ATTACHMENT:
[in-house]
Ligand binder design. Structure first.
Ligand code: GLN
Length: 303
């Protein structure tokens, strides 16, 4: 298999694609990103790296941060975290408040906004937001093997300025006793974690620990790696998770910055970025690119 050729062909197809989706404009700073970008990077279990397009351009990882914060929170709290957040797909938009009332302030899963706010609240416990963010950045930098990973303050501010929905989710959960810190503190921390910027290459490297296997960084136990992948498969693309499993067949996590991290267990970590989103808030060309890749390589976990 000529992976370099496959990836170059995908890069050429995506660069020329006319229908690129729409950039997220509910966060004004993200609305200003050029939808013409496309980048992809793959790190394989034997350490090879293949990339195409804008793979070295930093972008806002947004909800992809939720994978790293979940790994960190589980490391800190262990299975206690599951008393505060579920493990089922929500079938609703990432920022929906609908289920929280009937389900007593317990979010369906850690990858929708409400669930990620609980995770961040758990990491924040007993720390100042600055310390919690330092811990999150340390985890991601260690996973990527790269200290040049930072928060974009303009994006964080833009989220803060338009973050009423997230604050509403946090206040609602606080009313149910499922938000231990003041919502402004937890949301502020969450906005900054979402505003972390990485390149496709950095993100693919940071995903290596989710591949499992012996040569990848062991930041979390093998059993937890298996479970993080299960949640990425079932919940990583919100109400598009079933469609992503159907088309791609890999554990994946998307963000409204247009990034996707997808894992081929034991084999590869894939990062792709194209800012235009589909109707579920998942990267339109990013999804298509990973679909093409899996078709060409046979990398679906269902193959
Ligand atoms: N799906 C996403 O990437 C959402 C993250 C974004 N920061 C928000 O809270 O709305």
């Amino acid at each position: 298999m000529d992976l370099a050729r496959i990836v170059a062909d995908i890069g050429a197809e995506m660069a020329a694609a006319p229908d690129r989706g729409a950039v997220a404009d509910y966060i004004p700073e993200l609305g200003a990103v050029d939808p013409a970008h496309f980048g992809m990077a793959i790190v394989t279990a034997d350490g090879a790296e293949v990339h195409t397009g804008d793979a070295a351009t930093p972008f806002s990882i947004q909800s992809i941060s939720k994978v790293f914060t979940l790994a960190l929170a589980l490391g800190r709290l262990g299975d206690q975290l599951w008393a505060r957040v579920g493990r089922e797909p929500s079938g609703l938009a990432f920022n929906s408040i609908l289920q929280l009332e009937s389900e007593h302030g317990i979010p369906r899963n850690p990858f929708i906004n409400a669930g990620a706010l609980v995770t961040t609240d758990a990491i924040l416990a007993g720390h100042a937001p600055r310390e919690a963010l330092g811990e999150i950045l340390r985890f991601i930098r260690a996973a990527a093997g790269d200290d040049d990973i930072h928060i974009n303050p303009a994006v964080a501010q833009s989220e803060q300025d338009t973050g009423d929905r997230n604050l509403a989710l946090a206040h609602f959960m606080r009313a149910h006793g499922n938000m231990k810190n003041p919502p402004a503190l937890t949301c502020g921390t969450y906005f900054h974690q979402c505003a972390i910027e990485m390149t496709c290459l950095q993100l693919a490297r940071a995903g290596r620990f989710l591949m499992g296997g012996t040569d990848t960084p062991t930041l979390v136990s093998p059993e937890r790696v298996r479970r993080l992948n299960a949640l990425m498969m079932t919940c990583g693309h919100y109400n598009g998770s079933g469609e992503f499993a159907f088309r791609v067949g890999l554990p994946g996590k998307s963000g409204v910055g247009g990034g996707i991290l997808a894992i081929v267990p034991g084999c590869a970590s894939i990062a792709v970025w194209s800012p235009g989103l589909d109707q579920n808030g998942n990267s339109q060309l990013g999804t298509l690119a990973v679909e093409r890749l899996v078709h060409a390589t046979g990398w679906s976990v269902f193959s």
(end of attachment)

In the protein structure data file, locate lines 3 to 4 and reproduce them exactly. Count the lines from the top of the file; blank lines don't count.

Ligand code: GLN
Length: 303